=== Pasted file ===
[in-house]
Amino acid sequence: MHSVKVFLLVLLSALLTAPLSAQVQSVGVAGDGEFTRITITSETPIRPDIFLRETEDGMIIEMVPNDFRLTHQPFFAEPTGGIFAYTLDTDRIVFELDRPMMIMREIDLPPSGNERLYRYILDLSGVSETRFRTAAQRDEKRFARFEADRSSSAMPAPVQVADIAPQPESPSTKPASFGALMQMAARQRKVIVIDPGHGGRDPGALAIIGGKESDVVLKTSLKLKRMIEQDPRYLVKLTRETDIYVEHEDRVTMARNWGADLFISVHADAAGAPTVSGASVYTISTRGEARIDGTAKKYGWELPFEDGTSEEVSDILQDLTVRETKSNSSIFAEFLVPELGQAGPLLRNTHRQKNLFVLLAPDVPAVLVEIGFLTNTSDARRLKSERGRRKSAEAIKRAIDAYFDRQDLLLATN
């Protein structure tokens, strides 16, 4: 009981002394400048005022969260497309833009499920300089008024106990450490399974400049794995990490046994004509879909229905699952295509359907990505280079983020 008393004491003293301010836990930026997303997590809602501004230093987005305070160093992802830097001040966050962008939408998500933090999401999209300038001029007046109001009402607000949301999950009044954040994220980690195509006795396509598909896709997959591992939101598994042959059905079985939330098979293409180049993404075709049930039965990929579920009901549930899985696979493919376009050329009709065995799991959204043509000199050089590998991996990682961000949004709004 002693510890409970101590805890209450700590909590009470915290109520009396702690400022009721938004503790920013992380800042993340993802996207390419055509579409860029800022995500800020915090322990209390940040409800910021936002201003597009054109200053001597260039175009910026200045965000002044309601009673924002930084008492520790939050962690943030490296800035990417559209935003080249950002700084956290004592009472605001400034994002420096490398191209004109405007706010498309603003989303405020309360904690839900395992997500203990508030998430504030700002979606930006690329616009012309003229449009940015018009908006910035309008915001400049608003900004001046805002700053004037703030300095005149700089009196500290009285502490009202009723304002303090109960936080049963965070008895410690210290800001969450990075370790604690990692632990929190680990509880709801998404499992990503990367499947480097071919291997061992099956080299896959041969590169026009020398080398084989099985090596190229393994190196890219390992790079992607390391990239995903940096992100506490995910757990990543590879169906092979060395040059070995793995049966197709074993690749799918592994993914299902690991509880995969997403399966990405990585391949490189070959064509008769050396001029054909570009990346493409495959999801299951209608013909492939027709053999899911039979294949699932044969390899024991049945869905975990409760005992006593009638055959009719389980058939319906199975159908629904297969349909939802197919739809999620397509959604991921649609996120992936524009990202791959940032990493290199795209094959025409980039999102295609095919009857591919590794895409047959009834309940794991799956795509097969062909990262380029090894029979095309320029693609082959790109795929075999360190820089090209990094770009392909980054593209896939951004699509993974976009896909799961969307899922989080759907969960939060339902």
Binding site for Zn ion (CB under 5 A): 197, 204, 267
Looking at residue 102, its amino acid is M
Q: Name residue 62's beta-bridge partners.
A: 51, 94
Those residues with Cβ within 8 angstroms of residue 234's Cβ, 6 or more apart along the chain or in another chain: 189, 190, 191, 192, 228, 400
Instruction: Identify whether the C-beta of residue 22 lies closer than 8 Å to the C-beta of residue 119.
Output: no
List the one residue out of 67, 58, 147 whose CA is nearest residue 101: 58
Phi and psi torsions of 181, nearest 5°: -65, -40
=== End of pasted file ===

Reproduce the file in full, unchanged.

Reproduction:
[in-house]
Amino acid sequence: MHSVKVFLLVLLSALLTAPLSAQVQSVGVAGDGEFTRITITSETPIRPDIFLRETEDGMIIEMVPNDFRLTHQPFFAEPTGGIFAYTLDTDRIVFELDRPMMIMREIDLPPSGNERLYRYILDLSGVSETRFRTAAQRDEKRFARFEADRSSSAMPAPVQVADIAPQPESPSTKPASFGALMQMAARQRKVIVIDPGHGGRDPGALAIIGGKESDVVLKTSLKLKRMIEQDPRYLVKLTRETDIYVEHEDRVTMARNWGADLFISVHADAAGAPTVSGASVYTISTRGEARIDGTAKKYGWELPFEDGTSEEVSDILQDLTVRETKSNSSIFAEFLVPELGQAGPLLRNTHRQKNLFVLLAPDVPAVLVEIGFLTNTSDARRLKSERGRRKSAEAIKRAIDAYFDRQDLLLATN
């Protein structure tokens, strides 16, 4: 009981002394400048005022969260497309833009499920300089008024106990450490399974400049794995990490046994004509879909229905699952295509359907990505280079983020 008393004491003293301010836990930026997303997590809602501004230093987005305070160093992802830097001040966050962008939408998500933090999401999209300038001029007046109001009402607000949301999950009044954040994220980690195509006795396509598909896709997959591992939101598994042959059905079985939330098979293409180049993404075709049930039965990929579920009901549930899985696979493919376009050329009709065995799991959204043509000199050089590998991996990682961000949004709004 002693510890409970101590805890209450700590909590009470915290109520009396702690400022009721938004503790920013992380800042993340993802996207390419055509579409860029800022995500800020915090322990209390940040409800910021936002201003597009054109200053001597260039175009910026200045965000002044309601009673924002930084008492520790939050962690943030490296800035990417559209935003080249950002700084956290004592009472605001400034994002420096490398191209004109405007706010498309603003989303405020309360904690839900395992997500203990508030998430504030700002979606930006690329616009012309003229449009940015018009908006910035309008915001400049608003900004001046805002700053004037703030300095005149700089009196500290009285502490009202009723304002303090109960936080049963965070008895410690210290800001969450990075370790604690990692632990929190680990509880709801998404499992990503990367499947480097071919291997061992099956080299896959041969590169026009020398080398084989099985090596190229393994190196890219390992790079992607390391990239995903940096992100506490995910757990990543590879169906092979060395040059070995793995049966197709074993690749799918592994993914299902690991509880995969997403399966990405990585391949490189070959064509008769050396001029054909570009990346493409495959999801299951209608013909492939027709053999899911039979294949699932044969390899024991049945869905975990409760005992006593009638055959009719389980058939319906199975159908629904297969349909939802197919739809999620397509959604991921649609996120992936524009990202791959940032990493290199795209094959025409980039999102295609095919009857591919590794895409047959009834309940794991799956795509097969062909990262380029090894029979095309320029693609082959790109795929075999360190820089090209990094770009392909980054593209896939951004699509993974976009896909799961969307899922989080759907969960939060339902």
Binding site for Zn ion (CB under 5 A): 197, 204, 267
Looking at residue 102, its amino acid is M
Q: Name residue 62's beta-bridge partners.
A: 51, 94
Those residues with Cβ within 8 angstroms of residue 234's Cβ, 6 or more apart along the chain or in another chain: 189, 190, 191, 192, 228, 400
Instruction: Identify whether the C-beta of residue 22 lies closer than 8 Å to the C-beta of residue 119.
Output: no
List the one residue out of 67, 58, 147 whose CA is nearest residue 101: 58
Phi and psi torsions of 181, nearest 5°: -65, -40